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Automatic wealth The 6 steps to financial independence - Masreson M.

Masreson M. Automatic wealth The 6 steps to financial independence - Wiley & sons , 2005. - 291 p.
ISBN 0-471-71027
Download (direct link): automaticwealththesixstepsto2005.pdf
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Step 1: Recognizing Reality 29
Although there is considerable variation among the 4 million Americans who can call themselves millionaires, they are typically white, male, middle-aged, and ...
• Made their money, rather than inherited it
• Have between $1 million and $5 million in net worth (with median net worth at $1.6 million)
• Made their money by running their own businesses
• Live frugally by clipping coupons, driving older cars, and so on
• Managed to save on surprisingly moderate, median-level incomes averaging $131,000 per year
Having a personal net worth of 10 times the amount you need to live on is, by almost any definition, comfortable. It means that if you live frugally and no emergencies come up, you can consider yourself to be pretty much financially independent. But that 10-times figure is based on the assumption that you put all your money in the stock market and that the stock market, as overvalued as it seems to be, continues to produce its historic ROI of about 10 percent.
If you are more conservative when it comes to personal economics and would like to see about half your money in bonds, you will need a net worth of at least 12 times the amount you need to live on. Again, that’s assuming the stock market will produce an average return of 10 percent in the future and that bonds will give you their historic yields of 4 percent after taxes or 6 percent before.
If you are conservative and feel a bit gloomy about the future of the stock market, you’ll have to raise that factor even more. If you think, for example, that you’ll live another 30 years and believe that the market will average a mere 8 percent ROI, you’ll need a multiple of 13 to consider yourself comfortably well off.
Let’s look at another example.
Let’s say you need only $40,000 to live a happy life in retirement. You’ve figured out that you would be comfortable with a posttax income of $35,000 and you know, from your Social Security files, that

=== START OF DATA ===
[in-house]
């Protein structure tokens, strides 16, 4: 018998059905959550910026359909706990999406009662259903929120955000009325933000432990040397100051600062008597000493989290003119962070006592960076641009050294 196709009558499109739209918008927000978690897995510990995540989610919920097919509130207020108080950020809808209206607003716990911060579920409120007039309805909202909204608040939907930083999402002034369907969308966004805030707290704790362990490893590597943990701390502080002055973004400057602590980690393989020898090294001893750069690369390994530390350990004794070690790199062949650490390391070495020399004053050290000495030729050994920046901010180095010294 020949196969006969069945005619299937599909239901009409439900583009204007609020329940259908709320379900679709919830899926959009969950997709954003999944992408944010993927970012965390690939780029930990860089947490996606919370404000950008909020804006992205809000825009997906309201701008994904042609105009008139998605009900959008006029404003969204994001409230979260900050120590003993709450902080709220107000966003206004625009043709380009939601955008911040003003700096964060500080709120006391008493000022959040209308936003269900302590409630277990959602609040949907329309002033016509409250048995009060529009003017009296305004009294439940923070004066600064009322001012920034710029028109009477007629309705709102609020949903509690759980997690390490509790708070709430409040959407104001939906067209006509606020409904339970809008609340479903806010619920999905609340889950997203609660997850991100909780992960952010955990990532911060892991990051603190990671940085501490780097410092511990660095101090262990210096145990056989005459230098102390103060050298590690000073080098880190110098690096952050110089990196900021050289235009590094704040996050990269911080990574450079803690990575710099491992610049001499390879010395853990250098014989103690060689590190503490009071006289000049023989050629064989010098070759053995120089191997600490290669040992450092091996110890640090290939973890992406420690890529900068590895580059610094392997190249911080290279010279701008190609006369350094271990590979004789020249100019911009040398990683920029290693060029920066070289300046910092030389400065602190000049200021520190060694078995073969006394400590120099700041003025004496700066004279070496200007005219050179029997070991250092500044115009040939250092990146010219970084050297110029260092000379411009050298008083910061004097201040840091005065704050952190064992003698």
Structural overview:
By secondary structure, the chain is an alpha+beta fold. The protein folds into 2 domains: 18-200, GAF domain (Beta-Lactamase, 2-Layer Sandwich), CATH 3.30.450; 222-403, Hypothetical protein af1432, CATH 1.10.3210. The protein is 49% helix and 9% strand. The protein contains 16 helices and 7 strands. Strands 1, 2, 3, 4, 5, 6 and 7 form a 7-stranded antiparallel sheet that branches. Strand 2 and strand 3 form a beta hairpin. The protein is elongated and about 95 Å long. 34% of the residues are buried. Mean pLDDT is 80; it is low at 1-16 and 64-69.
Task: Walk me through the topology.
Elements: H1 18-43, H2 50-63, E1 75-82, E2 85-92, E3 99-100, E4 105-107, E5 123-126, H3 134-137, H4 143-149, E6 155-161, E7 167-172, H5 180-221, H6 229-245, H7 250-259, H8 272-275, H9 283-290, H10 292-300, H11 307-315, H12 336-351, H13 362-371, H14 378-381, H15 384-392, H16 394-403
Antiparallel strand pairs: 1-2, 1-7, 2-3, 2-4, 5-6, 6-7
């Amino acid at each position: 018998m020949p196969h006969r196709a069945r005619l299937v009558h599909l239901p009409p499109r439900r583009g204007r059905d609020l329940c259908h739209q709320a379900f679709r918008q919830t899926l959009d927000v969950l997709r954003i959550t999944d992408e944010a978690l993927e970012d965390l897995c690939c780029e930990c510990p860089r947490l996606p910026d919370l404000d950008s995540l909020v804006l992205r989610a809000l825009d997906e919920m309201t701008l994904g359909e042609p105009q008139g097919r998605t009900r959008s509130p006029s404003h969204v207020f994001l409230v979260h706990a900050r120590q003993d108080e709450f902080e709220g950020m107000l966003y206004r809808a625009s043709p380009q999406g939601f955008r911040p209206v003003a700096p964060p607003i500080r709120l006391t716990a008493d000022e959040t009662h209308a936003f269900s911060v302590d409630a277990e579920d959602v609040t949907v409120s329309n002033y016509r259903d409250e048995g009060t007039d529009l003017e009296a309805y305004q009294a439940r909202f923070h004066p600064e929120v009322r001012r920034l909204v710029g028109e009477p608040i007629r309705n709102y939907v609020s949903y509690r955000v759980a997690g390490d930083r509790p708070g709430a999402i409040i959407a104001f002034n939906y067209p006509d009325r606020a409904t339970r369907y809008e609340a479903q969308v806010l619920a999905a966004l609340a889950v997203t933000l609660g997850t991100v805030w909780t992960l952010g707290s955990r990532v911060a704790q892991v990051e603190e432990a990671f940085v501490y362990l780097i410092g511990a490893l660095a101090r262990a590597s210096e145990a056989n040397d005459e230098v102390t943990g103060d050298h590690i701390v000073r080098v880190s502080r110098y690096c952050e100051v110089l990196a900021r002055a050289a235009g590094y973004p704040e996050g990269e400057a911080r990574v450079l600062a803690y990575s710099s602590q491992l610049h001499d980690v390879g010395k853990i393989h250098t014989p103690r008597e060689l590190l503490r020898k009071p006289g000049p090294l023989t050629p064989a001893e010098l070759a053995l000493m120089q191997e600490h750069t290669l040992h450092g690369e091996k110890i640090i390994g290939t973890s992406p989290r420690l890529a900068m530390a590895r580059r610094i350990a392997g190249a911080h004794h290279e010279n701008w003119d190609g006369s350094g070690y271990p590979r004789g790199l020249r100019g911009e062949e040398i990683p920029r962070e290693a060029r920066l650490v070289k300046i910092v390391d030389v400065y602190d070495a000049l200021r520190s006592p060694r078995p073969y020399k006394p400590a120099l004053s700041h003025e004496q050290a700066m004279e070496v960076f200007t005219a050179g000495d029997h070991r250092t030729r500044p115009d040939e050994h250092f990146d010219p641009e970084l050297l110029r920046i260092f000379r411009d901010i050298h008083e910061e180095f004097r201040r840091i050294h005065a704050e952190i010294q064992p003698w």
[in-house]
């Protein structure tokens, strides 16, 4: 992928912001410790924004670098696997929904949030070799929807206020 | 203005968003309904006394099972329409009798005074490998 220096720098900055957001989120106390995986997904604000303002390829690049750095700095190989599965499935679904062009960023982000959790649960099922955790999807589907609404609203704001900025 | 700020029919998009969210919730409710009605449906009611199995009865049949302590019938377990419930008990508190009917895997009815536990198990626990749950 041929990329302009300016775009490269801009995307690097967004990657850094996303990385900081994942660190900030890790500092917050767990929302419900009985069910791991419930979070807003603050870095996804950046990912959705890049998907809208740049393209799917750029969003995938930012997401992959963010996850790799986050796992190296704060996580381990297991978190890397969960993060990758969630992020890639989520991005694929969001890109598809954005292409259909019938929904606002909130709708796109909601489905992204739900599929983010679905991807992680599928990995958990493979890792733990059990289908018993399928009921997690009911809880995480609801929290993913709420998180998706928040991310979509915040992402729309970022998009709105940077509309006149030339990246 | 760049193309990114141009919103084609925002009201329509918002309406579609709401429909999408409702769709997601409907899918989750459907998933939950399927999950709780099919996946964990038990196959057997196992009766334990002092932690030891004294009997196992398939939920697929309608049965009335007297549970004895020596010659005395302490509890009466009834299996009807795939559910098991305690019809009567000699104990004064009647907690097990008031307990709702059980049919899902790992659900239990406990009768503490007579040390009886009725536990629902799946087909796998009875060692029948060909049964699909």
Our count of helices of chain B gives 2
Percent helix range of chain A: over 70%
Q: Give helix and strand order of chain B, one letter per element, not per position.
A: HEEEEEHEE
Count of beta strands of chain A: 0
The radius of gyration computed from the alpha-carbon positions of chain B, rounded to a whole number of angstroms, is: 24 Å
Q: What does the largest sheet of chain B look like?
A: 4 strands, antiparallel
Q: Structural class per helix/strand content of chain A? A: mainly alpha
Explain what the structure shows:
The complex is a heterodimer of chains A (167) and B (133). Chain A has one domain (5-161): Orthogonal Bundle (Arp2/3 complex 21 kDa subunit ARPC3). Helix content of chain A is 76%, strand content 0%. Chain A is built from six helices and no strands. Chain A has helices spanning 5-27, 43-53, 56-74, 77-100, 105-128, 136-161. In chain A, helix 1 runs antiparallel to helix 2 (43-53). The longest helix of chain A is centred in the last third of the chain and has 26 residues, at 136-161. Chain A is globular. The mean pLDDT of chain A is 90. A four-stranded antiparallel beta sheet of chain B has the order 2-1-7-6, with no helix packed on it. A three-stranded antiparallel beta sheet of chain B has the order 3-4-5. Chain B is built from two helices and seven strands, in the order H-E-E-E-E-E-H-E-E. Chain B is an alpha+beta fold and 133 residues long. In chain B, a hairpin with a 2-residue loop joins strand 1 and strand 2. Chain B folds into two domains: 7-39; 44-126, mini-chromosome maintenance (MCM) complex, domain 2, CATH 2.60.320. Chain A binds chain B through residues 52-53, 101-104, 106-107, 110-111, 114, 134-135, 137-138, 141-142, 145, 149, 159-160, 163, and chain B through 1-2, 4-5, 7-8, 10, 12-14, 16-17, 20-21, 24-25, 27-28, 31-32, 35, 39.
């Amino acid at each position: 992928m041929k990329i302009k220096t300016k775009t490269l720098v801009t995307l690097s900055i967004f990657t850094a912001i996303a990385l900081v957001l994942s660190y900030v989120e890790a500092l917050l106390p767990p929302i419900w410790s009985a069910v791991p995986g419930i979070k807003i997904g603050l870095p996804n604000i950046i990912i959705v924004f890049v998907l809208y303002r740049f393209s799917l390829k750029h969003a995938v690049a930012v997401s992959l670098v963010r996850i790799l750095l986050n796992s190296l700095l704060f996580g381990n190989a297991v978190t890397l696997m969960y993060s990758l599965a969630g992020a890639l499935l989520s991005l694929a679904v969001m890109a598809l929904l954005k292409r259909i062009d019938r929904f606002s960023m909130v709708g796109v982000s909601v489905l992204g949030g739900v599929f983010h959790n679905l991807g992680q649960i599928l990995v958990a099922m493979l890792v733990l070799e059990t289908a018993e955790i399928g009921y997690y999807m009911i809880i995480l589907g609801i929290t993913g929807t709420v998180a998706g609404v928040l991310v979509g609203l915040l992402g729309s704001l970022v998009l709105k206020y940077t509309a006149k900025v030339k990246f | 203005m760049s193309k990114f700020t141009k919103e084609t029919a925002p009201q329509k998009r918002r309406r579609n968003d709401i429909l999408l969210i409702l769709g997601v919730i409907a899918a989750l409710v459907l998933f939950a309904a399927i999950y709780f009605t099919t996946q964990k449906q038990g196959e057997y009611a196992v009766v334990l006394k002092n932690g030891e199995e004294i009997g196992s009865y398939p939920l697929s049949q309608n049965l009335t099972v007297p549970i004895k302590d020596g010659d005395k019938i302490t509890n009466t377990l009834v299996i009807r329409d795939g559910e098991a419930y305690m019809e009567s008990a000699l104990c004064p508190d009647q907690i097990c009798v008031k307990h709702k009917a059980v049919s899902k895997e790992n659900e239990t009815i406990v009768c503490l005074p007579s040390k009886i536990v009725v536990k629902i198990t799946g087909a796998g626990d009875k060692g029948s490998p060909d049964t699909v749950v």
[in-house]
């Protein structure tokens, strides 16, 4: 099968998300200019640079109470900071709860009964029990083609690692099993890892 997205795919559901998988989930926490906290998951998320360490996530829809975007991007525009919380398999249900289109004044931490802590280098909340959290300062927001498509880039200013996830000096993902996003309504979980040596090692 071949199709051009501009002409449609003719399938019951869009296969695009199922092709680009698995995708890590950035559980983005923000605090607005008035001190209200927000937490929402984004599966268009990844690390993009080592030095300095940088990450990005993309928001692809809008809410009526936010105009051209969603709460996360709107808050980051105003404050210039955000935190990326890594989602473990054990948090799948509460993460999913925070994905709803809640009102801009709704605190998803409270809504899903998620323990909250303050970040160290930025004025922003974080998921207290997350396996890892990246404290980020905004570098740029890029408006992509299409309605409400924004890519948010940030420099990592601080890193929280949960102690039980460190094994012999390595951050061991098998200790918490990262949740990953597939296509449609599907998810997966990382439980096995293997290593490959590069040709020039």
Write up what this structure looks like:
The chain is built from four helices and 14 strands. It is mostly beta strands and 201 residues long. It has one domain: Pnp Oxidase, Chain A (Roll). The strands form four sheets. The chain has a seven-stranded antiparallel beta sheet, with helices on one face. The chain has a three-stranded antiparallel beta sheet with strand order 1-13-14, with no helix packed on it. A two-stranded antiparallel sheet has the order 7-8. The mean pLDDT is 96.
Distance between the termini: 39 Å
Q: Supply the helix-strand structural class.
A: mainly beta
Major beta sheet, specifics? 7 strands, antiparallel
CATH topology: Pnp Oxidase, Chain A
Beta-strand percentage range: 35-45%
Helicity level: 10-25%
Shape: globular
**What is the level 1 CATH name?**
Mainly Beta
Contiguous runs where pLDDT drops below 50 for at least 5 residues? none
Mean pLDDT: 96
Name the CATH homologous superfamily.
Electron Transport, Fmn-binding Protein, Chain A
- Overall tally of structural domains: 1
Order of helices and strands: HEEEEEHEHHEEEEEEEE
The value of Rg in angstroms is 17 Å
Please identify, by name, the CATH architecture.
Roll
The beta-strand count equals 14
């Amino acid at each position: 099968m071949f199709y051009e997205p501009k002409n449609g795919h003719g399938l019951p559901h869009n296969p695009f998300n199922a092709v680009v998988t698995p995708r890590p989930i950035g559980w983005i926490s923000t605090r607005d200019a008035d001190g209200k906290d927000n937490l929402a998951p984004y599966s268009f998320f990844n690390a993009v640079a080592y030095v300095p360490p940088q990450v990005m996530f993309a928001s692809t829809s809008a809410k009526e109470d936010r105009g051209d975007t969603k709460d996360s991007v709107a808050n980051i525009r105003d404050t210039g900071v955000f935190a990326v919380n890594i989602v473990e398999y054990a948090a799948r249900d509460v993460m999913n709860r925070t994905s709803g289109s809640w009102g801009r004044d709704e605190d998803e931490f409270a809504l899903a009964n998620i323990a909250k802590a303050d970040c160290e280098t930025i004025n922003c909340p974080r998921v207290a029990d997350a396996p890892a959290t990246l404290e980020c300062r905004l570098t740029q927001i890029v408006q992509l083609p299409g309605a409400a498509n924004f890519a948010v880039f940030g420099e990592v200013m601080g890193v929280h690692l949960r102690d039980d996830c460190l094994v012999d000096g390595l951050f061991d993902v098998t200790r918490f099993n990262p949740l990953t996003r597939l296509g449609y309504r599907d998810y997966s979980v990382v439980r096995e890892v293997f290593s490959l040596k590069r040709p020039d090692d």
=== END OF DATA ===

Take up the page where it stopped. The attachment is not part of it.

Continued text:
you can expect $1,500 a month from the government, which comes to $18,000 a year. Subtracted from $35,000, this gives you a requirement of just $22,000. At a multiple of 10, you would be financially independent when your net savings hit $220,000.
From Jeanne Sahadi, CNN/Money Senior Writer:
1. To Blanche Lark Christerson, director of the Wealth Planning Group at Deutsche Bank, rich is a net worth of $15 million. Christerson figures that for married couples with two young kids, today's pricey lifestyle costs about $375,000 a year. If you are single with no dependents, Christensen says $10 million will do. (She's assuming that you'd have 45 years ahead of you and that you'd want to preserve capital and leave it to your heirs or charities. She's calculating a conservative 3.5 percent return on investments.)
2. To certified financial planner Jon Duncan, it's $7.5 million. Duncan is making the same assumptions as Christerson in terms of kids and lifespan, but he thinks it takes only about $200,000 a year to live rich. And because the stock market has historically yielded about 10 percent, he expects you'll get a much better return on your savings.
If you know you’ll want your retirement funds in both stocks and bonds and accept my projection that such a portfolio would earn an average of 8 percent ROI, then the multiple you’d be using would be 12 and the amount you’d have to put into savings would be 12 times 22, or $264,000.
Again, this example assumes that you wouldn’t spend any of the principal amount of your savings. If you did spend it—say, by spending $5,000 a year of your principal once you hit age 70—the amount you’d need to put aside would be significantly less.
Step 1: Recognizing Reality 31
Retirement, you may be surprised to learn, is a relatively recent idea. It was invented after World War II to keep the Silent Generation busily working away in the factories. The promise was: Work hard now, save your pennies, and retire in Florida.
It worked for some, but for most, retirement proved to be a cruel joke—enduring a meager life, living in a rented room, wearing old clothes, eating crummy food, and watching endless television.
Not only sordid, but boring.
Yes, you need money to retire comfortably—which is why the main point of Automatic Wealth is to help you formulate a plan to allow you to become financially independent and have the option to retire in luxury.
But you need more than that. Even in retirement, you still need to fill your days with meaningful activity. And that's why, throughout this book, I'm going to argue that you should change the way you think about retirement. That instead of endless days of golf and tennis and hanging out, you may want to think of retirement as a time when you can achieve happiness by working at something you value.
Why You May Not Want to Stop Working . . .
Even If You Can
I used to have very conventional views/feelings/ideas about work and retirement. I used to think of work as something dull and difficult that I needed to do to earn a living. I dreamed about the day I could stop.
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